Wednesday, June 9, 2010
As it turns out, it's not as complicated as we were making it out to be. If you get to the Elkmont campground, you'll be close enough to see the phenomena, as it is happening all around.
We had arrived early to the Little River Trail trailhead, about an hour before dusk. We were afraid that there would be huge crowds and we'd have trouble finding parking. The "official" start of the Synchronous Firefly season was the next week. Once it was officially underway, they didn't let people just drive up to the campground, you had to take a shuttle bus to get there.
But this night - threatening rain on a week day evening - even up to dusk, there was plenty of parking.
While waiting and wondering if we were in the right place, we hiked up and down the trail a bit. The cloudy evening had whipped up just a little wind and an occasional mist, making the night feel just perfect.
We found a spot that we hoped was the right one, off the trail in a quiet little opening. There was a log on the ground that was just the right size for two.
People began showing up. At first, no one else seemed to know the "right" place to view the firefly show, but eventually people joined us in our little cove and assured us they had been there the night before and it was great.
The sun set.
Fireflies began lighting. Dozens, hundreds flashing in the night. We saw two, maybe three flashing at the same time. Maybe a bit more will happen later, we hoped.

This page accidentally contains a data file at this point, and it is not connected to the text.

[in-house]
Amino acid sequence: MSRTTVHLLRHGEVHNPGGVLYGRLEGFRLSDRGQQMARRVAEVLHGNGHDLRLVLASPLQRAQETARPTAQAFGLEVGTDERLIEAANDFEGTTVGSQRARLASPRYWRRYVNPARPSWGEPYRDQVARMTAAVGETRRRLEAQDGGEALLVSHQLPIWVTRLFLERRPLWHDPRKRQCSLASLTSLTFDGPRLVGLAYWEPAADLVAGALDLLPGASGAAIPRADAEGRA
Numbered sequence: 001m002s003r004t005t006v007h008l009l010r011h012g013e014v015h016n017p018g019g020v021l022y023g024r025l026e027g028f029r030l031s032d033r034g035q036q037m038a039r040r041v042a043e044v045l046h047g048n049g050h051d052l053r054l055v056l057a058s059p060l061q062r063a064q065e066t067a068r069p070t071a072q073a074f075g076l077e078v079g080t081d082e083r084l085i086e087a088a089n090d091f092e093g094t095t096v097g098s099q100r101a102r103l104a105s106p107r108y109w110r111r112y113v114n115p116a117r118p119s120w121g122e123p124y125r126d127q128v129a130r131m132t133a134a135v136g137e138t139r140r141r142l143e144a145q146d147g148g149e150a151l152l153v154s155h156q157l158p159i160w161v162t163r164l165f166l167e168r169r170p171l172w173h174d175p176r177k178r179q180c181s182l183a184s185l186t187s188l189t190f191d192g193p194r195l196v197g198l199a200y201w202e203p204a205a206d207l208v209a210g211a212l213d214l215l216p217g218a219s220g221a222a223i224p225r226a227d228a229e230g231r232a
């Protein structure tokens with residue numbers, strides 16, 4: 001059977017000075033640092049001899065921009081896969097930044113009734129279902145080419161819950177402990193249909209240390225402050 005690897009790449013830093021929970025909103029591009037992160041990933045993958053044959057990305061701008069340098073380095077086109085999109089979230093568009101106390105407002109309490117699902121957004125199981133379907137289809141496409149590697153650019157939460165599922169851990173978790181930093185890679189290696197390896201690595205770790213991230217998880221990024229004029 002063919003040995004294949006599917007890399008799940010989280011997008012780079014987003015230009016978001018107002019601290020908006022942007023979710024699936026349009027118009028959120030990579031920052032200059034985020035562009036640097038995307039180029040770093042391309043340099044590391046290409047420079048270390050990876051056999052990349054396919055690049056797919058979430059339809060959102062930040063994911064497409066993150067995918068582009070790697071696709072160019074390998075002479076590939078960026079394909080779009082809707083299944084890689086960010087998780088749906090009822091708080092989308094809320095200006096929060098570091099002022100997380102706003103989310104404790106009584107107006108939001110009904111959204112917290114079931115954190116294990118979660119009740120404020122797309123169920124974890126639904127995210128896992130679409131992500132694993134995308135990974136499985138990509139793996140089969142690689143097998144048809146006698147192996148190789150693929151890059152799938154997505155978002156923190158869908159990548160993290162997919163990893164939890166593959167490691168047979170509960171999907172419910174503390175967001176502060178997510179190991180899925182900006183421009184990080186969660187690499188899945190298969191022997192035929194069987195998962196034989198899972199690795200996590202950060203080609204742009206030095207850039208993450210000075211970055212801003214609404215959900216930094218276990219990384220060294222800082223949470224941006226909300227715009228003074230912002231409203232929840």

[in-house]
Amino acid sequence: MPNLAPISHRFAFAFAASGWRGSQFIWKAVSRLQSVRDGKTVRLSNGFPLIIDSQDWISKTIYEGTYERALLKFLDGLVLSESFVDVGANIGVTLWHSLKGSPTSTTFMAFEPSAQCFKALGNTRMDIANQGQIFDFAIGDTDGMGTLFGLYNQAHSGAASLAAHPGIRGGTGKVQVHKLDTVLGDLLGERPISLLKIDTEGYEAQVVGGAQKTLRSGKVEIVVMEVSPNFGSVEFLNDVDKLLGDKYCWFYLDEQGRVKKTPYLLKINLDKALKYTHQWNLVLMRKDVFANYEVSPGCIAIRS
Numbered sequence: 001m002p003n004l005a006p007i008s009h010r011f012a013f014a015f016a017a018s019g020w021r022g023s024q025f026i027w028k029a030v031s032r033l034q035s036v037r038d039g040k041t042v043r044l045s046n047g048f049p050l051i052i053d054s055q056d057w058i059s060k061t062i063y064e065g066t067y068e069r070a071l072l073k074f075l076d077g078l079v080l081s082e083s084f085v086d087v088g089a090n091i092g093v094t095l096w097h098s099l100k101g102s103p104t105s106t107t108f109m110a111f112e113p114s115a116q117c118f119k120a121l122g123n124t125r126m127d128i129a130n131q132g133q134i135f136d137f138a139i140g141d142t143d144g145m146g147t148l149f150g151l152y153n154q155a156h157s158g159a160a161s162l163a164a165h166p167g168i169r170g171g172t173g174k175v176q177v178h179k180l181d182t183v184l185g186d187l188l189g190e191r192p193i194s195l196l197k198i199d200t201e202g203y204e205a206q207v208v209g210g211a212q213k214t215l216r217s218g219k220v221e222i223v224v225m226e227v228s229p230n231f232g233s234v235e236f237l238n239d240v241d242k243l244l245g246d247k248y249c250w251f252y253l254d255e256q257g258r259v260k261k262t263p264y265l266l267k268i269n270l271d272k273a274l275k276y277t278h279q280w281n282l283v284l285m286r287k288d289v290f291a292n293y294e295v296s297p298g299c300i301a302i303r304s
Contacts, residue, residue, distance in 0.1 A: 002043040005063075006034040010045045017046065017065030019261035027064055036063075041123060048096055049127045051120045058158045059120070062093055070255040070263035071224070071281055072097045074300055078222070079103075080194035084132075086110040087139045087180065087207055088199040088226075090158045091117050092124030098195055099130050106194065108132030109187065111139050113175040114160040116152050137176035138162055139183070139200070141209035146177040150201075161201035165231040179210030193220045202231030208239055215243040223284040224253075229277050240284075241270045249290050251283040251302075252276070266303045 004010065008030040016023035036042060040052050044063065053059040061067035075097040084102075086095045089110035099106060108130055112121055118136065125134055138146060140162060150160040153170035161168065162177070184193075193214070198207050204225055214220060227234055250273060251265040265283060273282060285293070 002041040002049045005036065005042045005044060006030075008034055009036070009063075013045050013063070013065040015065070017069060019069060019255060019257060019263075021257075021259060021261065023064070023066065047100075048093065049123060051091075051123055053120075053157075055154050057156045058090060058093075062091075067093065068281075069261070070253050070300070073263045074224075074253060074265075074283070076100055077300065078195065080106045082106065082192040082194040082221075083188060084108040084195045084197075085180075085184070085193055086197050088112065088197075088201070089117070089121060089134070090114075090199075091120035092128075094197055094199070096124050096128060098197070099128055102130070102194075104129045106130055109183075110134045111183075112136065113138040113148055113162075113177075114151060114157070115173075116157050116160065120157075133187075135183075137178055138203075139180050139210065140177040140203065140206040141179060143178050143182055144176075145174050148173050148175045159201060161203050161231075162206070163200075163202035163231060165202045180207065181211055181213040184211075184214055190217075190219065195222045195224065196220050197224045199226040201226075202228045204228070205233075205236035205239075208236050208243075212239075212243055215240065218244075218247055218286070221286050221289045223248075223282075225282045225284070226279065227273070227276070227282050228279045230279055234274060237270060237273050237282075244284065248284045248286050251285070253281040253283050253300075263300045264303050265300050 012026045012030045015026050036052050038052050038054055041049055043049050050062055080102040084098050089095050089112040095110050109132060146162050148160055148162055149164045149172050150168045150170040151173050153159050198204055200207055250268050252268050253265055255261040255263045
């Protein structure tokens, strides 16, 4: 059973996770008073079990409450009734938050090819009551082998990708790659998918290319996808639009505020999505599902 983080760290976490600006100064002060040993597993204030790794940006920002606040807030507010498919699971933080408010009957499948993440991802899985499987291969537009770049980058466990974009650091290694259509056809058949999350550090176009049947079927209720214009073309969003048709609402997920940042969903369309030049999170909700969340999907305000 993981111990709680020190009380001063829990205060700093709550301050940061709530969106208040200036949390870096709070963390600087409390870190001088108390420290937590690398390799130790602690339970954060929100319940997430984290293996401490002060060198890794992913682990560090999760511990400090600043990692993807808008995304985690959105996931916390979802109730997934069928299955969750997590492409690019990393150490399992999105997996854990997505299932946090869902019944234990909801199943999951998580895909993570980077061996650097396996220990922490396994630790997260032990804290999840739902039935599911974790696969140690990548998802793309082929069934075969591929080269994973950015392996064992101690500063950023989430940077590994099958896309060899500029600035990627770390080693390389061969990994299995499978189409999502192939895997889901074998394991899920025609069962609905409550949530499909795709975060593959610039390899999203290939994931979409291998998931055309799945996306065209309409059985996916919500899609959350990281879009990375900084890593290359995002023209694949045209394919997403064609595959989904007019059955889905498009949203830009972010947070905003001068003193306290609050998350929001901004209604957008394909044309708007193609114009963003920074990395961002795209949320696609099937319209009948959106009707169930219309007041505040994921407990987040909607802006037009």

I was picturing the Synchronous Fireflies would have one Great Synchronous Fireflash and then go off. And then all together on again. So far, nothing of the sort had happened.
Then, as it became nearly wholly dark, the fireflies were suddenly out in what seemed like millions and it was breath-taking, just seeing so many all at once. We weren't watching one spot in a field, instead they were just everywhere in the trees all around us.
Still no Great Single Synchronous Fireflash lighting the night, though.
And then, it was happening. Not one great flash, but waves of light flashing in unison rolling towards us and past us on into the forest behind us. It was like we could see a wave or line of fireflies all flashing, 1, 2, 3, 4, 5, 6 times rapidly together, off in the distance maybe 100 yards away.
And as they flashed ...3, 4, 5, 6 a second row of fireflies, maybe 80 yards away began joining in 1, 2, 3, 4, 5, 6 and then again, maybe 60 yards away joining in halfway through the previous rows' flashes.
Waves of light rolling towards us, flashing not as one great flash, but as a wave of light flowing past us and then going dark for a count of ten. And then, 100 yards away, it all began again.
Over and over these waves of fireflies flashing like waves in the ocean sparkling in unison, but in echoing row after row after row. Then the dark again for a count of ten.
It is amazing. If you get a chance be sure to go see it next year (or this year, it may still be going on for a week or so, I'm not sure) if you're in the Smokies this week.
I tried filming the event, but my camera was not up to the task, like trying to catch a photo of a fairy or the Nessie, I guess. It was simply amazing.